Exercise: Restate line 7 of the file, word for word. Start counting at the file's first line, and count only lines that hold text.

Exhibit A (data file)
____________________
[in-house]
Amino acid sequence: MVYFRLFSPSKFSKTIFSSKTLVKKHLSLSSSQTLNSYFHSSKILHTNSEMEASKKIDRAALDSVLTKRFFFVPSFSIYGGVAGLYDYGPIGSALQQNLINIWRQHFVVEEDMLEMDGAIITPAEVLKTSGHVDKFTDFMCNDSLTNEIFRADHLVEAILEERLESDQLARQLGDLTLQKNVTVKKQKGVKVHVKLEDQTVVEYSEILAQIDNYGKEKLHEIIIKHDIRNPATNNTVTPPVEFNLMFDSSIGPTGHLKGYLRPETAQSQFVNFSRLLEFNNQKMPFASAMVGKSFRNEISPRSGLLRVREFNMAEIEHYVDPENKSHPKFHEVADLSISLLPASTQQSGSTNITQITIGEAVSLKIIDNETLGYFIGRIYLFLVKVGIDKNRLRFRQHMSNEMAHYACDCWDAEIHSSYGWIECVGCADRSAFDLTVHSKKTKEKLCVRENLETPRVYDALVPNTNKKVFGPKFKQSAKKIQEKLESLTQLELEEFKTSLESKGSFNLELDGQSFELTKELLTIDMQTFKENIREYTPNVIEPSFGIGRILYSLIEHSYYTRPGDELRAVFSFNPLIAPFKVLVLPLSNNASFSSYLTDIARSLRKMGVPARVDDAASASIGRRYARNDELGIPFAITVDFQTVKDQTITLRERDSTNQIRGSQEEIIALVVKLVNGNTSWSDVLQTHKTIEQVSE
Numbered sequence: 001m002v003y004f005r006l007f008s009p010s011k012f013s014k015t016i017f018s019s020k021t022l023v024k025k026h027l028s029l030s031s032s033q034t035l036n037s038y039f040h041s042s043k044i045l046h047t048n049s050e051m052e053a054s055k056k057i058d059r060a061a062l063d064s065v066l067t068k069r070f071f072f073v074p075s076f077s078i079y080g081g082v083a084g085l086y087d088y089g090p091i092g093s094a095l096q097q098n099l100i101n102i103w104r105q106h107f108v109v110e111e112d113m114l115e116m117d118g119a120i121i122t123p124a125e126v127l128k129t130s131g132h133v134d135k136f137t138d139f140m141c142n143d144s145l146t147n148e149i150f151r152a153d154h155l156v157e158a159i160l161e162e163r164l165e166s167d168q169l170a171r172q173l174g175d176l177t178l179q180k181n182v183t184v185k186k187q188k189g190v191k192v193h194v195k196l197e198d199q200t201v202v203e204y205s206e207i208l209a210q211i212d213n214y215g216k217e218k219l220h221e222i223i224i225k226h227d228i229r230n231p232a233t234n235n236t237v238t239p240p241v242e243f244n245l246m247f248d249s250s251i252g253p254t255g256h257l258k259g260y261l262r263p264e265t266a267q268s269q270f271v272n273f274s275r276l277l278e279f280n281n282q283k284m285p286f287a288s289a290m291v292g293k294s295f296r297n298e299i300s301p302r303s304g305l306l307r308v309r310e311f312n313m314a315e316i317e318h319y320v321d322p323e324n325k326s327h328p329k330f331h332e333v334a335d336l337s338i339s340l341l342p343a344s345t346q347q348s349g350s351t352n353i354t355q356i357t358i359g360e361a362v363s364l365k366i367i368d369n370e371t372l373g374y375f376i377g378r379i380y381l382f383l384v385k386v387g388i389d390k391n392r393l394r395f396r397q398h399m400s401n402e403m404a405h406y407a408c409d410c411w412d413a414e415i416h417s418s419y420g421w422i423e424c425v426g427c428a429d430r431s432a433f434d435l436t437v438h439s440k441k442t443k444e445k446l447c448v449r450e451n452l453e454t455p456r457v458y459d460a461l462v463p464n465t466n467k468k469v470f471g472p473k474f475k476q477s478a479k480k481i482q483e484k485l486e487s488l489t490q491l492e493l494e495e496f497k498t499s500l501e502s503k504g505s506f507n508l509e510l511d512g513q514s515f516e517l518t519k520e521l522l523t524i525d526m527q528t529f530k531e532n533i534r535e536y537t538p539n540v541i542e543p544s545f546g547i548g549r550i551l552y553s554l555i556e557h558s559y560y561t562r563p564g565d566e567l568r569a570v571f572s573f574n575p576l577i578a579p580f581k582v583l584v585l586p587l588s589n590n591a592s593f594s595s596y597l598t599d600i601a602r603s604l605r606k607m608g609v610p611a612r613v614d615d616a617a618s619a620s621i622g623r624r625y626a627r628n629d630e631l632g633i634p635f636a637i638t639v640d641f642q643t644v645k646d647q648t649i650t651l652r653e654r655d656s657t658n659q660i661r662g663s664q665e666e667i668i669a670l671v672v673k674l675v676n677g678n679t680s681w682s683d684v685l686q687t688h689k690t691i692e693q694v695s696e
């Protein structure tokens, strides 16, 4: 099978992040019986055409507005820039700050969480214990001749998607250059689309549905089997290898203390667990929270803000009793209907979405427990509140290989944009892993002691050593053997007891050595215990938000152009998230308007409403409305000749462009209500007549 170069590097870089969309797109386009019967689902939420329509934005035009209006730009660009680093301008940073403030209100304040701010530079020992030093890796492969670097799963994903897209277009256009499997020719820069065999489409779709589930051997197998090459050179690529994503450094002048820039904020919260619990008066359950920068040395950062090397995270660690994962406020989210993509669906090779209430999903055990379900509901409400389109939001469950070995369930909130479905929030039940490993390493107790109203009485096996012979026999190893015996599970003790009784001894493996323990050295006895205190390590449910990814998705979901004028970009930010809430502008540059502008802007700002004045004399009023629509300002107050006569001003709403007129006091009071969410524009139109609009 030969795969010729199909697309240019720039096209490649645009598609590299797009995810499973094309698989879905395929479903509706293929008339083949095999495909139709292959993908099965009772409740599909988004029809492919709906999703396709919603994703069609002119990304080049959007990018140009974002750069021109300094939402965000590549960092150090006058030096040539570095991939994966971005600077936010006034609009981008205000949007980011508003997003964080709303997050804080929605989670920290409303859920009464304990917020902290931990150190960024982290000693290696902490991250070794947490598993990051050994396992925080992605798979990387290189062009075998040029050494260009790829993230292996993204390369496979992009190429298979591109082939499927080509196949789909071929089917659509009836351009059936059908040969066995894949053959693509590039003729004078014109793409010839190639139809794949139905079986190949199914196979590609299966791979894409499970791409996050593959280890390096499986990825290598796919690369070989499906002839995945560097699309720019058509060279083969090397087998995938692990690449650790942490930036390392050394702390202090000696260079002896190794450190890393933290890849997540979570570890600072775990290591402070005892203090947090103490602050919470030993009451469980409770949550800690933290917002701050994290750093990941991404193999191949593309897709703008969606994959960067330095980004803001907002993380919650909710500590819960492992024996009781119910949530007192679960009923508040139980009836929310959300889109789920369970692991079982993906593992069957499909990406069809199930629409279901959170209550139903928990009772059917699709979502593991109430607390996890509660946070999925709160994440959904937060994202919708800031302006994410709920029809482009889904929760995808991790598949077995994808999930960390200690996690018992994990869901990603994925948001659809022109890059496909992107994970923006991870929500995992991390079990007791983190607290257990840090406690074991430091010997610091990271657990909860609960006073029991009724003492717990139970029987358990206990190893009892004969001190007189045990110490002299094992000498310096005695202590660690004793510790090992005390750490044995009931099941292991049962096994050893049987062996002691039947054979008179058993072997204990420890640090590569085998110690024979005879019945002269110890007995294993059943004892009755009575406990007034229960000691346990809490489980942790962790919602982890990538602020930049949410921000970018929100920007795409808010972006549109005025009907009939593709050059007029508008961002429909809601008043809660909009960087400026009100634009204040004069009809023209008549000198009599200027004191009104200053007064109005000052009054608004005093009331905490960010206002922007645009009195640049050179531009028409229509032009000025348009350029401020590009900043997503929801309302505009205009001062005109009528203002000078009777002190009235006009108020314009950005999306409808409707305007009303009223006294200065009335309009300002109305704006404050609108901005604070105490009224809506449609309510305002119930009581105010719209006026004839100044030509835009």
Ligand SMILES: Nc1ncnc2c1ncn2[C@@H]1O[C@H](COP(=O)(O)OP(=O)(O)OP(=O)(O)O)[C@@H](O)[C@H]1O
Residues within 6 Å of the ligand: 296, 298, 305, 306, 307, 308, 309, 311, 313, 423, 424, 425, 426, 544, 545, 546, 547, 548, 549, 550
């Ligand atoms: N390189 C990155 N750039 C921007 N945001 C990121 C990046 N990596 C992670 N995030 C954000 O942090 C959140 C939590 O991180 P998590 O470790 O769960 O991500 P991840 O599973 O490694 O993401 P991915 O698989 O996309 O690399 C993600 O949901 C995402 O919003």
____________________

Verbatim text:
């Ligand atoms: N390189 C990155 N750039 C921007 N945001 C990121 C990046 N990596 C992670 N995030 C954000 O942090 C959140 C939590 O991180 P998590 O470790 O769960 O991500 P991840 O599973 O490694 O993401 P991915 O698989 O996309 O690399 C993600 O949901 C995402 O919003």